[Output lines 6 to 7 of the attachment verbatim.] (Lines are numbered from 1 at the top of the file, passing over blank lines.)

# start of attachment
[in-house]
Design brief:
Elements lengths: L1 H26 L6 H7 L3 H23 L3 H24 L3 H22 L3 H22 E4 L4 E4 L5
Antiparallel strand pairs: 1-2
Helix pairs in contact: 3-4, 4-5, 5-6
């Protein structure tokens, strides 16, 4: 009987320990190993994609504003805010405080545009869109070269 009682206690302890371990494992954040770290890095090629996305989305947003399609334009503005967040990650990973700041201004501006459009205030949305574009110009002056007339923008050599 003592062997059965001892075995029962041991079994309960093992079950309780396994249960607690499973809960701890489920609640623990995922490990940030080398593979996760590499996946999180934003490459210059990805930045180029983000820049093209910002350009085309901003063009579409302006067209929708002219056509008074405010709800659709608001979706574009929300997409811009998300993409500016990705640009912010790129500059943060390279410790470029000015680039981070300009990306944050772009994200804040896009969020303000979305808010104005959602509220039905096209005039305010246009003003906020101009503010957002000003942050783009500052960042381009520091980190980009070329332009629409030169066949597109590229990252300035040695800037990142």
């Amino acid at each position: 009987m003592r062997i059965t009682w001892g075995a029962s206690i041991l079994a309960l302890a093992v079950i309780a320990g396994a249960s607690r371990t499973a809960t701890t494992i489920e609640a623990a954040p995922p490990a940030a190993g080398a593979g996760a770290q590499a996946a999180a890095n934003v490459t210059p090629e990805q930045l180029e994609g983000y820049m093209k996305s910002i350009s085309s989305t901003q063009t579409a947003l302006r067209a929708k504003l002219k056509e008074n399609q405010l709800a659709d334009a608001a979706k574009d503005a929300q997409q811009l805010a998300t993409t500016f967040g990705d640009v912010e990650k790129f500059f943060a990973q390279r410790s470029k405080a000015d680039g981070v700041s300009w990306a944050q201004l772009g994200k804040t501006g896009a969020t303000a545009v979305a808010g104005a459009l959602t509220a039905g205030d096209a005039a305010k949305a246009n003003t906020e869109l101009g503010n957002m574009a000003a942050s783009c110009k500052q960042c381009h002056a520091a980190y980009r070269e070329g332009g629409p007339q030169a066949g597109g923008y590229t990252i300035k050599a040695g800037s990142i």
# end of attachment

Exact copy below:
């Protein structure tokens, strides 16, 4: 009987320990190993994609504003805010405080545009869109070269 009682206690302890371990494992954040770290890095090629996305989305947003399609334009503005967040990650990973700041201004501006459009205030949305574009110009002056007339923008050599 003592062997059965001892075995029962041991079994309960093992079950309780396994249960607690499973809960701890489920609640623990995922490990940030080398593979996760590499996946999180934003490459210059990805930045180029983000820049093209910002350009085309901003063009579409302006067209929708002219056509008074405010709800659709608001979706574009929300997409811009998300993409500016990705640009912010790129500059943060390279410790470029000015680039981070300009990306944050772009994200804040896009969020303000979305808010104005959602509220039905096209005039305010246009003003906020101009503010957002000003942050783009500052960042381009520091980190980009070329332009629409030169066949597109590229990252300035040695800037990142």
């Amino acid at each position: 009987m003592r062997i059965t009682w001892g075995a029962s206690i041991l079994a309960l302890a093992v079950i309780a320990g396994a249960s607690r371990t499973a809960t701890t494992i489920e609640a623990a954040p995922p490990a940030a190993g080398a593979g996760a770290q590499a996946a999180a890095n934003v490459t210059p090629e990805q930045l180029e994609g983000y820049m093209k996305s910002i350009s085309s989305t901003q063009t579409a947003l302006r067209a929708k504003l002219k056509e008074n399609q405010l709800a659709d334009a608001a979706k574009d503005a929300q997409q811009l805010a998300t993409t500016f967040g990705d640009v912010e990650k790129f500059f943060a990973q390279r410790s470029k405080a000015d680039g981070v700041s300009w990306a944050q201004l772009g994200k804040t501006g896009a969020t303000a545009v979305a808010g104005a459009l959602t509220a039905g205030d096209a005039a305010k949305a246009n003003t906020e869109l101009g503010n957002m574009a000003a942050s783009c110009k500052q960042c381009h002056a520091a980190y980009r070269e070329g332009g629409p007339q030169a066949g597109g923008y590229t990252i300035k050599a040695g800037s990142i």